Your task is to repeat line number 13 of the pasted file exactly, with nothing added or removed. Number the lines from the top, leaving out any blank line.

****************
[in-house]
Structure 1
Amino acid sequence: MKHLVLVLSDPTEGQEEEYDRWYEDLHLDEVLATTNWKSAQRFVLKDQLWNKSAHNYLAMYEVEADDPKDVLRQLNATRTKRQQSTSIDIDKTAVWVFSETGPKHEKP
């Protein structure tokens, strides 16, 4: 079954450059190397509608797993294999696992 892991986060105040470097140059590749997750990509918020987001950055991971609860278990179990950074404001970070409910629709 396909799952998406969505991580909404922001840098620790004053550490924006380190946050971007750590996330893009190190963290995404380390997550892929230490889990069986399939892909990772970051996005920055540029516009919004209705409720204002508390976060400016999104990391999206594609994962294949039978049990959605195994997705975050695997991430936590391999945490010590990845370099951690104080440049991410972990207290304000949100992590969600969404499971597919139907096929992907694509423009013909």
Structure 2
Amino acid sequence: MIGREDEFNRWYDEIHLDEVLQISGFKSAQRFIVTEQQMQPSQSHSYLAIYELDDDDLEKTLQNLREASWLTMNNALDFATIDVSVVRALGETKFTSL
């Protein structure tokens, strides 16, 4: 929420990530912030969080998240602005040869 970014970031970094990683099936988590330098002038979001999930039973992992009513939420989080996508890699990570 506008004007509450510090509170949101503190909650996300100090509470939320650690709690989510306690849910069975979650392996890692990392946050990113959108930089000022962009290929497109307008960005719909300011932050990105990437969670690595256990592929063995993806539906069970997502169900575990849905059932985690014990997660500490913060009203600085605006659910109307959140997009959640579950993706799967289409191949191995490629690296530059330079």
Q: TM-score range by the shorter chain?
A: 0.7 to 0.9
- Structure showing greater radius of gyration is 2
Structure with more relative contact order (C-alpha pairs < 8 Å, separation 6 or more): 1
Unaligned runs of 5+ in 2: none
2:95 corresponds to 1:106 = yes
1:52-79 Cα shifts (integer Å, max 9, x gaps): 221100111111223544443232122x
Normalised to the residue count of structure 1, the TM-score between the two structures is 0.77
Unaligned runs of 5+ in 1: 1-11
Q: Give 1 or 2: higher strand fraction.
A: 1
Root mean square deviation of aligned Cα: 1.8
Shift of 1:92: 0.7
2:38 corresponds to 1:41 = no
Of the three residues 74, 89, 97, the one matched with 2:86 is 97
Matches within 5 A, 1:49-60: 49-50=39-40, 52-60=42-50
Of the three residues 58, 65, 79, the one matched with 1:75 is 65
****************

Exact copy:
2:95 corresponds to 1:106 = yes